The rest of the offense after those three can be a little sketchy, though Andy Dirks (148 wRC+) and Quintin Berry (120 wRC+) have performed very well in limited time — Dirks just came off the DL and Berry started the year in the minors. Alex Avila (101 wRC+) and Jhonny Peralta (101 wRC+) have both been league average with the stick, ditto the recently acquired Omar Infante (104 wRC+) for all intents and purposes. Delmon Young (83 wRC+), Brennan Boesch (79 wRC+), Ramon Santiago (63 wRC+), Danny Worth (63 wRC+), and backup catcher Gerald Laird (104 wRC+ in limited time) are slightly less intimidating. The one thing the Tigers will not do offensively is steal bases — Jackson and Berry are the only guys on the team with more than four steals and they’re at 10 and 15, respectively.

Pitching Matchups

Monday: RHP Ivan Nova vs. RHP Justin Verlander
The Tigers have won 13 of Verlander’s 22 starts this season, but two of the losses have come at the hands of the Yankees. They tagged him for five runs in six innings in the walk-off passed ball game, then for five runs in 6.1 innings in the Phil Hughes complete game. Other than that, Verlander is pretty awesome. He’s pitched to a 2.63 ERA (3.11 FIP) with dynamite strikeout (8.51 K/9 and 24.2 K%) and walk (2.24 BB/9 and 6.4 BB%) rates to go along with a mediocre ground ball rate (40.5%). It’s a lot of weak pop-ups though, don’t get too excited. Verlander averages 94.5 mph with the fastball but will start the game in the low-90s and ramp it up to the high-90s and triple-digits in the late innings. His mid-80s slider, mid-80s changeup, and upper-70s curve are among the very best offspeed pitches in the world. The Yankees have beaten him twice this year, a third time would be very cool.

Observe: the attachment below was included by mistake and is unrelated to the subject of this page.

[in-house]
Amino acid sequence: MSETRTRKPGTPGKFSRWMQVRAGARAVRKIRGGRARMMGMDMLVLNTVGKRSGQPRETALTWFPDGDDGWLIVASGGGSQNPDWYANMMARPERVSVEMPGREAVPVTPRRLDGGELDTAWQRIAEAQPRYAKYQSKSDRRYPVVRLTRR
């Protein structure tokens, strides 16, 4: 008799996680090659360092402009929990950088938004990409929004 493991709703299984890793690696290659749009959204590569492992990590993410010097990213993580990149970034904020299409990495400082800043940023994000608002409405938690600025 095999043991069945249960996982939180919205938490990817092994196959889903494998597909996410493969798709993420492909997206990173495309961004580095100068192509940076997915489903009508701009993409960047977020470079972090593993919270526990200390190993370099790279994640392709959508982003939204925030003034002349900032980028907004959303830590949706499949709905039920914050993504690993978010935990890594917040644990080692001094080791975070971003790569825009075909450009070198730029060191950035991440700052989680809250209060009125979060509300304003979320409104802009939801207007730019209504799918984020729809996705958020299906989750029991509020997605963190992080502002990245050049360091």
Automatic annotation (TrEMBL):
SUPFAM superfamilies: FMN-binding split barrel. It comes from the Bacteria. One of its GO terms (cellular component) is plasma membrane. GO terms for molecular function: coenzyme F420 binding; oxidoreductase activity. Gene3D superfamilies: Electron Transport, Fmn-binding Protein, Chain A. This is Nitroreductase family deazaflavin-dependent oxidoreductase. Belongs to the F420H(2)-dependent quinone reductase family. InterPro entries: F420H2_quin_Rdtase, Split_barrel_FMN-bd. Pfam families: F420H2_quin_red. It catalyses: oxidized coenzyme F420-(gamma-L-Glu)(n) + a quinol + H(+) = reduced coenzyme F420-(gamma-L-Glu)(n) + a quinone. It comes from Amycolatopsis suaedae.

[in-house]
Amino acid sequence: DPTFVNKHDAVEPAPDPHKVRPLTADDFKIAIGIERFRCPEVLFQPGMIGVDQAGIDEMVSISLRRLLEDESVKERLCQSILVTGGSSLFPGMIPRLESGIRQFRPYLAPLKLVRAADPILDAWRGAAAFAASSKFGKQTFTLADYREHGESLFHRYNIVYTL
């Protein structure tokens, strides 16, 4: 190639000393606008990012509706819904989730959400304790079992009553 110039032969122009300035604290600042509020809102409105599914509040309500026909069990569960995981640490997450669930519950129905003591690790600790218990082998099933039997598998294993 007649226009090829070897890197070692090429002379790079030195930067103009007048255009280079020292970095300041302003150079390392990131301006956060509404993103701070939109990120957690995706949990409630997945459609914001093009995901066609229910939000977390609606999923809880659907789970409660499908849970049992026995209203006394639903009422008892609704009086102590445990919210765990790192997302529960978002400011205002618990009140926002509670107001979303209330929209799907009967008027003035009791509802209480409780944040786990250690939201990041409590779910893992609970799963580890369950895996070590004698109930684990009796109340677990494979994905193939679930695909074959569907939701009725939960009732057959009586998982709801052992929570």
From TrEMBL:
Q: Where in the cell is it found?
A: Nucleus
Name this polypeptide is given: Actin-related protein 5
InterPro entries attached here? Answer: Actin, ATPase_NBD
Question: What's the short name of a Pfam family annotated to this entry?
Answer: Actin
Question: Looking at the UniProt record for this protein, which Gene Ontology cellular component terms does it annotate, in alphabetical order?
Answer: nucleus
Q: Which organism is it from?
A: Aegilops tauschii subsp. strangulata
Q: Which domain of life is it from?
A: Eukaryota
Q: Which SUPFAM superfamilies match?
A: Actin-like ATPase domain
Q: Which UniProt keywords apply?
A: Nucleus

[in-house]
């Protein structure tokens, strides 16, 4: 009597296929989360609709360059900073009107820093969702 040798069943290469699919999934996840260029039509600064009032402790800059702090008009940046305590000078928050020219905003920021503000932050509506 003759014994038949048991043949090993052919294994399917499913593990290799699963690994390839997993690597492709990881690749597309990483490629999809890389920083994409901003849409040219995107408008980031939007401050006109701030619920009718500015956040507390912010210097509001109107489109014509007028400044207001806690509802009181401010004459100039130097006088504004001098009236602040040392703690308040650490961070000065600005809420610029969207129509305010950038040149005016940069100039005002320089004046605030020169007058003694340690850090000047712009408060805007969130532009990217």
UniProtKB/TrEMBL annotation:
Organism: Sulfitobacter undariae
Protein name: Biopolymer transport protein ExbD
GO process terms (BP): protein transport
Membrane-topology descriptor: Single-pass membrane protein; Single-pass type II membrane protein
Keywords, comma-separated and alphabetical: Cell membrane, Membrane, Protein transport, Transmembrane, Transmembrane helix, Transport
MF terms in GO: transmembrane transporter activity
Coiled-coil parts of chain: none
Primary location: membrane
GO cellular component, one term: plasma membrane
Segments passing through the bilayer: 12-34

(Tom Szczerbowski/Getty Images)